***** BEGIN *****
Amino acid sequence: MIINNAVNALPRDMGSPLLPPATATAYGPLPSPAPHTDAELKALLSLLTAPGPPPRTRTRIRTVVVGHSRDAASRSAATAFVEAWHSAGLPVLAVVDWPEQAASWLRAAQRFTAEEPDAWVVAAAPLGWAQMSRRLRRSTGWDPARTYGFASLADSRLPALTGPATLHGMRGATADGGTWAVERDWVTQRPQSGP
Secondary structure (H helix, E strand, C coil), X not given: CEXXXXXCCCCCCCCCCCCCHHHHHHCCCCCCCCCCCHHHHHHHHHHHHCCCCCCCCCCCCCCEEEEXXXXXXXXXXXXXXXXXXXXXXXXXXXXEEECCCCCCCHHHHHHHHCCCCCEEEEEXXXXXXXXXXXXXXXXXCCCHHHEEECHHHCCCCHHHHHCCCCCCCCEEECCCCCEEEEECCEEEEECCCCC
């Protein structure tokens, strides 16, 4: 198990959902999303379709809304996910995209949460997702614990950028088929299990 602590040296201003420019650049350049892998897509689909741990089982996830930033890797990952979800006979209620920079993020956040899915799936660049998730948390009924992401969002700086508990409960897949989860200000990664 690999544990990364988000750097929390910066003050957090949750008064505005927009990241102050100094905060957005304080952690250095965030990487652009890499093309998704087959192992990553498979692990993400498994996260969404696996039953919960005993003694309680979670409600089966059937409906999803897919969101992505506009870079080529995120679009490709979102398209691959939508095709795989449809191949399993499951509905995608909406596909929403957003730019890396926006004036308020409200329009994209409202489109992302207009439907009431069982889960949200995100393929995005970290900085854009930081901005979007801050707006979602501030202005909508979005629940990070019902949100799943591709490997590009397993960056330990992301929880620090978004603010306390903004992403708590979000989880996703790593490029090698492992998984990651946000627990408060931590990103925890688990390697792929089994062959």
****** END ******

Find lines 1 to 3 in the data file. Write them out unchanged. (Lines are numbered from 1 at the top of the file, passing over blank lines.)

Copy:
Amino acid sequence: MIINNAVNALPRDMGSPLLPPATATAYGPLPSPAPHTDAELKALLSLLTAPGPPPRTRTRIRTVVVGHSRDAASRSAATAFVEAWHSAGLPVLAVVDWPEQAASWLRAAQRFTAEEPDAWVVAAAPLGWAQMSRRLRRSTGWDPARTYGFASLADSRLPALTGPATLHGMRGATADGGTWAVERDWVTQRPQSGP
Secondary structure (H helix, E strand, C coil), X not given: CEXXXXXCCCCCCCCCCCCCHHHHHHCCCCCCCCCCCHHHHHHHHHHHHCCCCCCCCCCCCCCEEEEXXXXXXXXXXXXXXXXXXXXXXXXXXXXEEECCCCCCCHHHHHHHHCCCCCEEEEEXXXXXXXXXXXXXXXXXCCCHHHEEECHHHCCCCHHHHHCCCCCCCCEEECCCCCEEEEECCEEEEECCCCC
């Protein structure tokens, strides 16, 4: 198990959902999303379709809304996910995209949460997702614990950028088929299990 602590040296201003420019650049350049892998897509689909741990089982996830930033890797990952979800006979209620920079993020956040899915799936660049998730948390009924992401969002700086508990409960897949989860200000990664 690999544990990364988000750097929390910066003050957090949750008064505005927009990241102050100094905060957005304080952690250095965030990487652009890499093309998704087959192992990553498979692990993400498994996260969404696996039953919960005993003694309680979670409600089966059937409906999803897919969101992505506009870079080529995120679009490709979102398209691959939508095709795989449809191949399993499951509905995608909406596909929403957003730019890396926006004036308020409200329009994209409202489109992302207009439907009431069982889960949200995100393929995005970290900085854009930081901005979007801050707006979602501030202005909508979005629940990070019902949100799943591709490997590009397993960056330990992301929880620090978004603010306390903004992403708590979000989880996703790593490029090698492992998984990651946000627990408060931590990103925890688990390697792929089994062959």